Within the past two weeks, Microsoft - via its attorneys - has resurrected its campaign against vendors using NT or Windows NT in their names.
Microsoft has sent out an undisclosed number of cease-and-desist letters to third-party vendors. The missives "politely" request the vendors in question to remove any reference to NT or Windows NT in their company names, product names or Internet domain name addresses.
This move isn't new. In fact, a Microsoft spokesman saysthe company has sent out about 30 such letters since Windows NT started shipping. But the campaign has seemingly begun again after a respite.
Several of the recent third-party vendor recipients said they view the letter with surprise and dismay. None of the third parties would go on the record with their comments for fear of reprisal from Microsoft. But the vendors who were most upset were those that have been selling Windows NT products for two to three years and that had built up brand-name recognition and customer loyalty.
"Fortunately, my business is a four-month-old start-up, so we don't have too much to lose. And we've already thought up a new name - which I'm now in the process of trademarking - so this doesn't happen again," said one East Coast vendor.
Another Windows NT third party in the Southeast says he's busily looking for a new domain name for his Web page. "For some of us, it's an annoyance; for other third parties it could be a complete disaster because they'll have to start marketing their products from scratch. I expect to lose at least some of my recognition factor," he says.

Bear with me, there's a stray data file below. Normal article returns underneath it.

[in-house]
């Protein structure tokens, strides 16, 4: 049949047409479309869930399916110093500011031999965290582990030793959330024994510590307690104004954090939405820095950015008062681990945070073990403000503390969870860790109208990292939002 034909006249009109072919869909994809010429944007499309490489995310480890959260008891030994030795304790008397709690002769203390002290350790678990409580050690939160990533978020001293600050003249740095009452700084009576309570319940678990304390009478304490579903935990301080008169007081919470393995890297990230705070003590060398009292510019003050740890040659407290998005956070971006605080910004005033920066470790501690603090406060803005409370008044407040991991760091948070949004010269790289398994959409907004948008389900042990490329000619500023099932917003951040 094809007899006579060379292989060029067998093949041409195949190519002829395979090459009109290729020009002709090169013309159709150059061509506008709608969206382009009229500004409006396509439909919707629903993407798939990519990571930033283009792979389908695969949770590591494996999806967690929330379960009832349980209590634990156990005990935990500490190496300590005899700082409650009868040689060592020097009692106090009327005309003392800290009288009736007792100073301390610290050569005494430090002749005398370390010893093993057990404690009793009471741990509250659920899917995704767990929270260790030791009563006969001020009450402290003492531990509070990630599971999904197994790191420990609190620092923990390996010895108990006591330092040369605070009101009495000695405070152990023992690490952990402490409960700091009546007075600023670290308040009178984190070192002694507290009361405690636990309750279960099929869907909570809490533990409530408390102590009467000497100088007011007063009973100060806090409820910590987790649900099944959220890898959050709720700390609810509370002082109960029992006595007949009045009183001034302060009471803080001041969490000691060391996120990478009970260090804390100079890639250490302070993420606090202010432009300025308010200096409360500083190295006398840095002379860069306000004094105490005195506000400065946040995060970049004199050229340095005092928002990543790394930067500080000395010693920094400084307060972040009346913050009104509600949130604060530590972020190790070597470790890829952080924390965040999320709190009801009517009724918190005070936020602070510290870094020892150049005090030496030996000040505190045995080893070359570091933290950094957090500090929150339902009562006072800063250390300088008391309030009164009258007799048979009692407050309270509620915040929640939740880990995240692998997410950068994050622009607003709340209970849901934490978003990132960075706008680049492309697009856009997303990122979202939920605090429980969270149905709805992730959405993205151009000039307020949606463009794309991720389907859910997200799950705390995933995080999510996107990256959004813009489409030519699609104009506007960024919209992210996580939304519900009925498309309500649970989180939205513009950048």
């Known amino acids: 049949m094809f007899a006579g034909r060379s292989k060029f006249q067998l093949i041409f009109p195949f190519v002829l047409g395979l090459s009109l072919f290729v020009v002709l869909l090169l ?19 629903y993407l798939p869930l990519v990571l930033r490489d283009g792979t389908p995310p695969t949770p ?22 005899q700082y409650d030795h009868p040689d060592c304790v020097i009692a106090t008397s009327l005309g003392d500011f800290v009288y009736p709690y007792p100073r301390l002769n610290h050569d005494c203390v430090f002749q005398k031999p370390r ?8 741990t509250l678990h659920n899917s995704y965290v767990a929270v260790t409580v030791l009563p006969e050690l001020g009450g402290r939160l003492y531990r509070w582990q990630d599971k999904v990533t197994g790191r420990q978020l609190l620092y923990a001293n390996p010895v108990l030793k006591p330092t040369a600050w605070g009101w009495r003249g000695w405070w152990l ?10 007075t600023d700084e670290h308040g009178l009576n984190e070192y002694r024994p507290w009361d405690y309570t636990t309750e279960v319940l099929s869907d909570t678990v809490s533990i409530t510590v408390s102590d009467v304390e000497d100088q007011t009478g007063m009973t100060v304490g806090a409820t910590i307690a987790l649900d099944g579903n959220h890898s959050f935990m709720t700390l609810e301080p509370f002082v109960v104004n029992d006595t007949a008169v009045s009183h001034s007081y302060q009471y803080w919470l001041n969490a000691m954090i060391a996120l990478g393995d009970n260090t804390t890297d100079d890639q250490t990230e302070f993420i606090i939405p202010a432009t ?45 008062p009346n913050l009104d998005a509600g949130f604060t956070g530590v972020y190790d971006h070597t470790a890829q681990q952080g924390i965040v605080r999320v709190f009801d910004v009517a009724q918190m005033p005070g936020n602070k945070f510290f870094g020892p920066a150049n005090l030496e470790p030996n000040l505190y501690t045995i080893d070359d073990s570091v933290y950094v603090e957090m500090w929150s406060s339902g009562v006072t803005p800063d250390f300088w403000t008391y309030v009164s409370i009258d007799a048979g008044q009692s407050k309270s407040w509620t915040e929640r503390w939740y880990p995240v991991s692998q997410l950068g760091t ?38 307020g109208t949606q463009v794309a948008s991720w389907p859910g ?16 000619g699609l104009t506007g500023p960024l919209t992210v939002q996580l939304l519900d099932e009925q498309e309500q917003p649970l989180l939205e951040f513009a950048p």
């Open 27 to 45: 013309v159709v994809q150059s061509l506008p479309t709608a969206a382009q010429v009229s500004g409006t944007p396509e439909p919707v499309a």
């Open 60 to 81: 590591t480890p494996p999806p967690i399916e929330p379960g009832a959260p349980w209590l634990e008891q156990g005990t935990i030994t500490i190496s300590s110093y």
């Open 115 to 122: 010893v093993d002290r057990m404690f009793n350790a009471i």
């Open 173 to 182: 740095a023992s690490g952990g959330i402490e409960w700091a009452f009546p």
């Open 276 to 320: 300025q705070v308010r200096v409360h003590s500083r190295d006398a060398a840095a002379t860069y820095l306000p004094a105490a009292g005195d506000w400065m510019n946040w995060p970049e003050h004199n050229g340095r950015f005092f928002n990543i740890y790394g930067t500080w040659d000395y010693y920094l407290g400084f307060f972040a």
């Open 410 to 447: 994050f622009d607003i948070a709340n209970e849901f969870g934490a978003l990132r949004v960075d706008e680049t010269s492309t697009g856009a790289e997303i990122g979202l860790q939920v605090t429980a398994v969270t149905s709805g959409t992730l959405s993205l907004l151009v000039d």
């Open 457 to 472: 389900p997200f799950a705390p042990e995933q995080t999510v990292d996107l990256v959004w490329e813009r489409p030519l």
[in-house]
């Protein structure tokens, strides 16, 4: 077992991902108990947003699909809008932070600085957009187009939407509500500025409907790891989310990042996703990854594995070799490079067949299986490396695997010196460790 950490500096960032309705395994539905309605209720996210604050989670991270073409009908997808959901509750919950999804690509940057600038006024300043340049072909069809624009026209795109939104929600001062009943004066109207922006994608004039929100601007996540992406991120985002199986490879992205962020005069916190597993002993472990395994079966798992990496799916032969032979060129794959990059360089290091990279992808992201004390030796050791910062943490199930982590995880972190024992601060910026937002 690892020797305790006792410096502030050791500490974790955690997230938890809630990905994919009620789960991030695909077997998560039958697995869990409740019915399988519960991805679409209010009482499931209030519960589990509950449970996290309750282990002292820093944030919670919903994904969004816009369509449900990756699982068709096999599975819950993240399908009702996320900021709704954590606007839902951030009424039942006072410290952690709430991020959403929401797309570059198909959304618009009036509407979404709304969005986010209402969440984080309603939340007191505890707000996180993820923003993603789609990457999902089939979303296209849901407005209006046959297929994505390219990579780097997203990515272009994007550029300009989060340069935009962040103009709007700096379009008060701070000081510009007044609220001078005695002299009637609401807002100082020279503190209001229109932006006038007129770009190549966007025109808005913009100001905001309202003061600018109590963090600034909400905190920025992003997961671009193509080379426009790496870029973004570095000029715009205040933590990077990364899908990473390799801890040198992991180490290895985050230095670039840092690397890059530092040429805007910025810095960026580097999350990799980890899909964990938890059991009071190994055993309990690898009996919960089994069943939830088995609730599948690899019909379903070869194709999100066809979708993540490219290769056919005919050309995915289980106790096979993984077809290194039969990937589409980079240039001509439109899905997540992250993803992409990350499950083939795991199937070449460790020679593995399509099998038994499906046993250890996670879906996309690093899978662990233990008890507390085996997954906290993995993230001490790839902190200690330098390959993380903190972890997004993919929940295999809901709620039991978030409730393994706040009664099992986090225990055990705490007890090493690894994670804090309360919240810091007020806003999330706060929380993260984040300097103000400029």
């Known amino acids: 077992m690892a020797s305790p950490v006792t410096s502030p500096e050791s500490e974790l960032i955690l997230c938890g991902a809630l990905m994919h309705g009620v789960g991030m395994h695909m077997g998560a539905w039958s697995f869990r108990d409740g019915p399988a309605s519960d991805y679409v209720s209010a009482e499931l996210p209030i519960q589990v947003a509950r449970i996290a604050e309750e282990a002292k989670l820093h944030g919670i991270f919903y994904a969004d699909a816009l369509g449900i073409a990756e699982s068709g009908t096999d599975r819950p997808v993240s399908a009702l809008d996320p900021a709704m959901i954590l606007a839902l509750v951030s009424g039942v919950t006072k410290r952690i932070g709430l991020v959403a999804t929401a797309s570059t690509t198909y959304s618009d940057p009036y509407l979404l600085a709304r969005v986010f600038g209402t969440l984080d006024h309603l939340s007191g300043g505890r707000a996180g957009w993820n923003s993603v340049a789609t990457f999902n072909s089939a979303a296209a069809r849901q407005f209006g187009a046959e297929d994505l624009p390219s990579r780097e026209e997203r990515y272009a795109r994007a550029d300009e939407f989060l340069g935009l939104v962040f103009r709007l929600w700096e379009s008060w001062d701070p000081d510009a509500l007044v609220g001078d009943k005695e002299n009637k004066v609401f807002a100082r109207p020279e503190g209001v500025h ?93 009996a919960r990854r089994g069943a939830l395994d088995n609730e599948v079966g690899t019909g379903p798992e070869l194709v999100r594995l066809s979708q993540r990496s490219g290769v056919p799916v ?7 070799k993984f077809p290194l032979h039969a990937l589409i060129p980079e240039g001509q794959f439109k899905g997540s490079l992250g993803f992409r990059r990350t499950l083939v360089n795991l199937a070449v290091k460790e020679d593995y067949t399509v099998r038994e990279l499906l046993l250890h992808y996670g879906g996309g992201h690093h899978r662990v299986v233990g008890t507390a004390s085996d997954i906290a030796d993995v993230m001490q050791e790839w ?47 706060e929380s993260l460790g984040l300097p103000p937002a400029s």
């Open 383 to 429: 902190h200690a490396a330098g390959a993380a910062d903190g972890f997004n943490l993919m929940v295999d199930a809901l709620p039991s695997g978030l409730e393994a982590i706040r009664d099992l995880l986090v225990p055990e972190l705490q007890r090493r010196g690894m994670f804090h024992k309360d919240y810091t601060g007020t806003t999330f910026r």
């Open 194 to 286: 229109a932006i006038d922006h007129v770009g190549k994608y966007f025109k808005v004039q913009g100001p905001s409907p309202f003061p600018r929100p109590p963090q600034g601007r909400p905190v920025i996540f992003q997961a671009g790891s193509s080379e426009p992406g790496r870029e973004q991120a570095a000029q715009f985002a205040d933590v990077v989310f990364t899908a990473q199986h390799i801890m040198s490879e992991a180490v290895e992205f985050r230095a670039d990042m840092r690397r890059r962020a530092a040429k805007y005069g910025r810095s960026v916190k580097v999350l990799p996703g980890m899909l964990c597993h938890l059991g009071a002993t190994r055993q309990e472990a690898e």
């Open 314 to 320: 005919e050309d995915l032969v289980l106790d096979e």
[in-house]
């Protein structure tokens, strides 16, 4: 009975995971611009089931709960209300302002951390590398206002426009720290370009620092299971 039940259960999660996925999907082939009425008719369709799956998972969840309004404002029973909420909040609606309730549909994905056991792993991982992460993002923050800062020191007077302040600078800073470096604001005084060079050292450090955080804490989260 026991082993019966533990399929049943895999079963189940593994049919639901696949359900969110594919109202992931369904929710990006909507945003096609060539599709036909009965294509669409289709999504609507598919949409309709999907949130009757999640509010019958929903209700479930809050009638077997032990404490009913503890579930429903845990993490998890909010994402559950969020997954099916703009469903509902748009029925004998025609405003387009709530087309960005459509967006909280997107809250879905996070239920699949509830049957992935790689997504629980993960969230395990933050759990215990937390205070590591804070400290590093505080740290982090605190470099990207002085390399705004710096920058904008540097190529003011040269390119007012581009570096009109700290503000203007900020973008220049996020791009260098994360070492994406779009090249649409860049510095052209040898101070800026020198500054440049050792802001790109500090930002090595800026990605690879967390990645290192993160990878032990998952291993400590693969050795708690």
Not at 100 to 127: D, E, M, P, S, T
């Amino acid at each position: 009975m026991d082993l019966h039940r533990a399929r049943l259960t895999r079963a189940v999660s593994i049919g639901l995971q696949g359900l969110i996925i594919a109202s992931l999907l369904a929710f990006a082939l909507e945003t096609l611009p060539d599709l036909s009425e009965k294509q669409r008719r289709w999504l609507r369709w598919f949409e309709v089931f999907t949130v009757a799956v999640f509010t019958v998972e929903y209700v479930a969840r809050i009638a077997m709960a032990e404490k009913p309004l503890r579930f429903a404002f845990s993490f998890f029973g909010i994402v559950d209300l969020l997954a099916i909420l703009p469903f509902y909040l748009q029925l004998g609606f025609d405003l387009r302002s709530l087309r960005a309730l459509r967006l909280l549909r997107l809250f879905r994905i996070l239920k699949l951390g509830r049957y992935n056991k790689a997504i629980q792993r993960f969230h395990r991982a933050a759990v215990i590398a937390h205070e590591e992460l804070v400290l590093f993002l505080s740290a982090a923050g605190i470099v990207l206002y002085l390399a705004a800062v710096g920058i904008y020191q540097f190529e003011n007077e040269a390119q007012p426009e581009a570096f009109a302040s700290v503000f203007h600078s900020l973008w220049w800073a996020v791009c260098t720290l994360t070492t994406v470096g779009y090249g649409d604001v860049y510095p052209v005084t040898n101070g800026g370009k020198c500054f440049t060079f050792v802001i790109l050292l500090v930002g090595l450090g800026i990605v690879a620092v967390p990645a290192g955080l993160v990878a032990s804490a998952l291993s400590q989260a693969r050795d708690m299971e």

"We're living in a society controlled by lawyers," quips another vendor. "I think it's a bit exaggerated. Microsoft says it wants to create a flourishing Windows NT third-party community. That may be, but this certainly doesn't support that."
Microsoft spokesman Mark Murray defends the action, saying there was nothing new or unusual about the cease-and-desist letter.
This type of letter "is common in trademark law, and it's not new. ... Whenever we learn about company, product or domain names that infringe upon the Windows NT trademark, we contact the businesses and ask them to stop," Murray says. Most companies readily agree to change the name, he adds.
Microsoft, Murray says, wants to encourage its third-party vendors, but without the proper guidelines, it can be confusing for customers to see the Windows NT trademark used by a company other than Microsoft itself.
"Users might think that if a third party is using the Windows NT name in their product, service or Internet domain name that it implies some sort of endorsement or relationship [with Microsoft] that doesn't exist," Murray says.
Microsoft, he adds, does encourage companies to make "fair referential use" of Microsoft's Windows NT name to identify products and has printed guidelines to explain and outline acceptable use of the name.
"We look at every instance on a case-by-case basis. And Microsoft does try and accommodate people and work with them to show them ways to change the name without compromising our trademark."
An acceptable example of the use of Windows NT in a product name that doesn't violate Microsoft's trademark is rival Novell's Novell Administrator for Windows NT, Murray says.
Murray says he does not know how much time Microsoft will allow the third-party vendors to find alternative names and stop using Windows NT. William Ferron, the attorney at Seed & Berry LLP in Seattle, Washington, who is handling the case, declined to comment or provide more specific details. "Microsoft doesn't like us talking to the press," Ferron said.